This week in 2007, Rudy Giuliani was leading polling for the 2008 Republican Party Presidential nomination. He’d keep that lead through all of November and some of December.
Reduce the field of pundits by about 75%?
There’s an endless stream of breathless editorials whining that the Democratic field is too big and that it needs to get cut down really quickly or… the world will end.
Here’s one of today’s, from Donna Edwards:
It’s time for the Democratic field to start getting smaller
It’s after Labor Day and the race for the Democratic nomination is now well underway. Despite the fact that it’s a long road trip, the field seems determined to use the byways instead of the highways. Democrats know where they’re headed, but they aren’t so sure when they’ll get there. And at this point, they might be better off with fewer passengers along for the ride.
Whether by natural selection or volunteerism (and whether they know it or not), time is up for most of the field. Just because the rules allow you to continue to breathe shallow breaths into your campaign does not mean you should.
Are we there yet? It’s time to get on the interstate.
That’s all true; most of these candidates have no chance. And they should really just get out of the way and let those who do have a chance get more speaking time.
But you know what?
In 2008, there were eight Democrats going into the Iowa caucuses – January 3rd! Gasp! And the world didn’t end! By the end of January, five of them had dropped out, including Joe Biden. That left Clinton, Obama and not-a-chance-in-hell Mike Gravel (who changed parties in March).
Patience, pundits. I know this preliminary round stuff is boring, but that’s how the tournament works.
Several senior White House officials have begun discussing whether to push for a temporary payroll tax cut as a way to arrest an economic slowdown, three people familiar with the discussions said, revealing the growing concerns by President Trump’s top economic aides.
The talks are still in their early stages, and the officials have not decided whether to formally push Congress to approve the cut, these people said, speaking on condition of anonymity because they weren’t authorized to disclose internal discussions. But the White House in recent days has begun searching for proposals that could halt a slowing economy
Fiscal responsibility? That’s for suckers.
Two women in a Michigan cul-de-sac fret over the Democrats’ leftward lurch and another Trump term
Next up: The Two Guys Sitting On That Stoop Over There Think Trump’s Pretty Good
I can’t believe I missed this at the time.
Turns out that the people in the crowd at Trump’s weird 2015 campaign launch announcement (when he descended the gold escalator) were paid actors. Well, since this is Trump we’re talking about, the actors were not paid until they filed a complaint with the Federal Election Commission, four months later.
I never thought it would turn out otherwise. He’s just not smart enough to have collaborated, nor would he be able to keep his mouth shut about it if he did.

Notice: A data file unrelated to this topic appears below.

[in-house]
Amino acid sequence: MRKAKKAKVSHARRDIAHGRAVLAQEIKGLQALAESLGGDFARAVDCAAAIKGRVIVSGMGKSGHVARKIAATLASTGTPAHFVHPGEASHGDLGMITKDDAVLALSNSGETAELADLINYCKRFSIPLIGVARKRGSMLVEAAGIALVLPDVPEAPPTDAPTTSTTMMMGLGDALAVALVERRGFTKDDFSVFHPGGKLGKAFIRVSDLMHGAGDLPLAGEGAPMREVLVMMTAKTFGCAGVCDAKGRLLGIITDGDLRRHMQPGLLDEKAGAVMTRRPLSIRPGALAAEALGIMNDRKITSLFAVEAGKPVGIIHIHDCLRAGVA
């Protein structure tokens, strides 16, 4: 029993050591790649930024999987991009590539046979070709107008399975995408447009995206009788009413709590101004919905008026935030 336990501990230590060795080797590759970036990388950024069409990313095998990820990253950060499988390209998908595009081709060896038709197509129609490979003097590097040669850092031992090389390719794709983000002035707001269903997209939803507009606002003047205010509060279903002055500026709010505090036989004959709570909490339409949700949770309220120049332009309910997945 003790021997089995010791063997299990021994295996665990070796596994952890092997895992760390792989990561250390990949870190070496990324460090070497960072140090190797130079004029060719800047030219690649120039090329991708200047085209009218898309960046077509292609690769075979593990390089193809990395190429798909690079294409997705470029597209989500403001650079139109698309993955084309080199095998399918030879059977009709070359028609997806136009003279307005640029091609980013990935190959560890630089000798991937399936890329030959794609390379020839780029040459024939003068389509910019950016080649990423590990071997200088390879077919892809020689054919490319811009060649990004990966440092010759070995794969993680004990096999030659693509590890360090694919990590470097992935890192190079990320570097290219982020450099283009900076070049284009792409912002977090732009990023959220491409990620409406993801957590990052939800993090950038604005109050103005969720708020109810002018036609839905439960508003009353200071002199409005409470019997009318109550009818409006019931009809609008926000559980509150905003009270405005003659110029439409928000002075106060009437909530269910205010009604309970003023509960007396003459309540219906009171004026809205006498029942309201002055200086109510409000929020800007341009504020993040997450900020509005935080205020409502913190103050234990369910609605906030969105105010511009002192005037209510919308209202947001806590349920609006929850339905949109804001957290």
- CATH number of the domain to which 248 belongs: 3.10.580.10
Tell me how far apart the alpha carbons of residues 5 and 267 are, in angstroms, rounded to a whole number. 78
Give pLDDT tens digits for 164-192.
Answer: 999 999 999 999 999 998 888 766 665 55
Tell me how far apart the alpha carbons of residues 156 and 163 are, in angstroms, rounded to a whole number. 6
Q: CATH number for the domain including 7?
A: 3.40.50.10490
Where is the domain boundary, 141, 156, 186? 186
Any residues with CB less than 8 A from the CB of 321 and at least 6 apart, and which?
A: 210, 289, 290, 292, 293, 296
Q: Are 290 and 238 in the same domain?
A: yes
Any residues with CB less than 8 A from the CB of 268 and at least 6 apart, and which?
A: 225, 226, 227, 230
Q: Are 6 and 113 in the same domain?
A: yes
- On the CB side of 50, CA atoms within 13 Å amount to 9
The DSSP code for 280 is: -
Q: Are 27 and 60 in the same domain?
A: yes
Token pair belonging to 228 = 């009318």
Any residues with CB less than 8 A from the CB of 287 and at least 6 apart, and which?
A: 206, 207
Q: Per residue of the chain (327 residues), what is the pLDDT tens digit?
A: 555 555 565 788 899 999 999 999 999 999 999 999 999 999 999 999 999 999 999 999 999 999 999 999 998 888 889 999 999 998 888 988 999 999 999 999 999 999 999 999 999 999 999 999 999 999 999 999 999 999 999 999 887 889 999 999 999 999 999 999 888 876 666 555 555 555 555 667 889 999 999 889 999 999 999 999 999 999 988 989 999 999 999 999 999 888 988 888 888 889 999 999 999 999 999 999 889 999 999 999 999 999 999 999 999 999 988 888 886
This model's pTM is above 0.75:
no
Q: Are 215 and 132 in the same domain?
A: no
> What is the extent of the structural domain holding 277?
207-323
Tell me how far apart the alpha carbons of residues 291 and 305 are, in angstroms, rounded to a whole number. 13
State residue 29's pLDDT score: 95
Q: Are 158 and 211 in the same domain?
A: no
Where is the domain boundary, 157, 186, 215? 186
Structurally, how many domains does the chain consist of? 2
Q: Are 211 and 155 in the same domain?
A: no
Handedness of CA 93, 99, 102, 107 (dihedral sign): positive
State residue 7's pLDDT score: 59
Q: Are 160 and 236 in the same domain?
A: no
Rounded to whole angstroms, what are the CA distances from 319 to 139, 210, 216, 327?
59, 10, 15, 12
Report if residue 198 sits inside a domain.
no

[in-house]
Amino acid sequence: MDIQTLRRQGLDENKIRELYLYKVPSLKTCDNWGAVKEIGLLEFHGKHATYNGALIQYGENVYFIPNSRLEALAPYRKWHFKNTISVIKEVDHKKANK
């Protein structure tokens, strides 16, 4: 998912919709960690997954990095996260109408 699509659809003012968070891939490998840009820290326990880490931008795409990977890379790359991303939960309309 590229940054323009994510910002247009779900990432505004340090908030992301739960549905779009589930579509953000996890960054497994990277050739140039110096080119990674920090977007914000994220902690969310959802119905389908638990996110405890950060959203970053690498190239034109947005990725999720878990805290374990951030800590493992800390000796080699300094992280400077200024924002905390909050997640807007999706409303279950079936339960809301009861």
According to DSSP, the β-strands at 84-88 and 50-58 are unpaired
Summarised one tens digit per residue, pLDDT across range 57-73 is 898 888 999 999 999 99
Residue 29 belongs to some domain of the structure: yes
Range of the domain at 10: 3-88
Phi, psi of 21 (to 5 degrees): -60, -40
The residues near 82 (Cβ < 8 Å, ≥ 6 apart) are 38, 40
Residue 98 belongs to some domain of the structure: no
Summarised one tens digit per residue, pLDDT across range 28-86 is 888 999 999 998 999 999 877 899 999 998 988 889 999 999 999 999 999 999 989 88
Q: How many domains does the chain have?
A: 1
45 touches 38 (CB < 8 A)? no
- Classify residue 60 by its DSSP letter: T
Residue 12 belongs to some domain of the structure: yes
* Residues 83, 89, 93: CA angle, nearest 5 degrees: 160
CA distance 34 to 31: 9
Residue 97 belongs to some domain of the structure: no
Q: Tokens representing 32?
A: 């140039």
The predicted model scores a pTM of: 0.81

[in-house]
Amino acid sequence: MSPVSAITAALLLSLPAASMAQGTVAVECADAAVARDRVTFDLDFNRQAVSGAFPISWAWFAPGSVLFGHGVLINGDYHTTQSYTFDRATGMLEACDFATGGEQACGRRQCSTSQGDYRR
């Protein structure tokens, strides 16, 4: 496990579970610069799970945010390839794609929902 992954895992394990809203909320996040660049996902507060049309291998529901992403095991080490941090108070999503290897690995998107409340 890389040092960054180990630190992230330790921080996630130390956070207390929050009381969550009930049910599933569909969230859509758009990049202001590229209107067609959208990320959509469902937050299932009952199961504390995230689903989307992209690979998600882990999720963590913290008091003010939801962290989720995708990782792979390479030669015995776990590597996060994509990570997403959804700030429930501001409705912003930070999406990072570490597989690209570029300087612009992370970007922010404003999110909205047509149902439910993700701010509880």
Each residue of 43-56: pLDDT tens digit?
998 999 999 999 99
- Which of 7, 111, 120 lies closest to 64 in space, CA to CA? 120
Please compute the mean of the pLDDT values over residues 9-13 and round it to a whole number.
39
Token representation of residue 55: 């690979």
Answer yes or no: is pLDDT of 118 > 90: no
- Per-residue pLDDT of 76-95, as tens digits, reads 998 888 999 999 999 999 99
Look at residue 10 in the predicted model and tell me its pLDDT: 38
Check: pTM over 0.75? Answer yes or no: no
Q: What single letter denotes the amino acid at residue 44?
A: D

Oh well. We’ll have to get rid of him the hard way… one vote at a time.
FALL RIVER, Mass. — Jasiel Correia, 27, will remain the mayor of Fall River after being recalled and re-elected by voters Tuesday night, according to unofficial ballot results.
“We’re going to be right at City Hall tomorrow to keep doing the people’s business,” Correia said to supporters following the election.
Voters were given a two-part ballot. They first voted to recall the incumbent Correia by a 61 percent vote. Unofficial results show 7,829 voted in favor of the recall, while 4,911 opposed it.
Voters then chose between five mayoral candidates, including Correia. He appears to have won the election by 241 votes.
As of December 2018; 136 individuals have filed with the Federal Election Commission to run for President in the Democratic Party primary.
I hope that’s a made-up number.
Fractional voting FTW.
The root of our problem is that each Congressional district elects just one person, in a winner-take-all election where you only need to win by one vote. This means that the losers end up with a Representative who simply doesn’t represent them. This means that, in a close election, 49.9% of the voters can be effectively disenfranchised. Even in lopsided victories, where 70% of the voters support the winner, the remaining 30% are stuck with someone who doesn’t represent them.
The solution: elect TWO representatives from each Congressional district, and award them each a fractional vote in Congress. Each of the top two vote-getters would have a Congressional vote that is proportional to the number of voters who supported them. Thus if a district elects a Democrat (D) with 55% of the vote, and the losing Republican (R) gets 45%, both of them go to Congress, and D gets 0.55 votes while R gets 0.45 votes.
Interesting. It solves gerrymandering. It handles races with more than two candidates by dropping all but the top two finishers from the calculation to determine voting weight. And it will teach everyone about fractions, rounding and significant digits!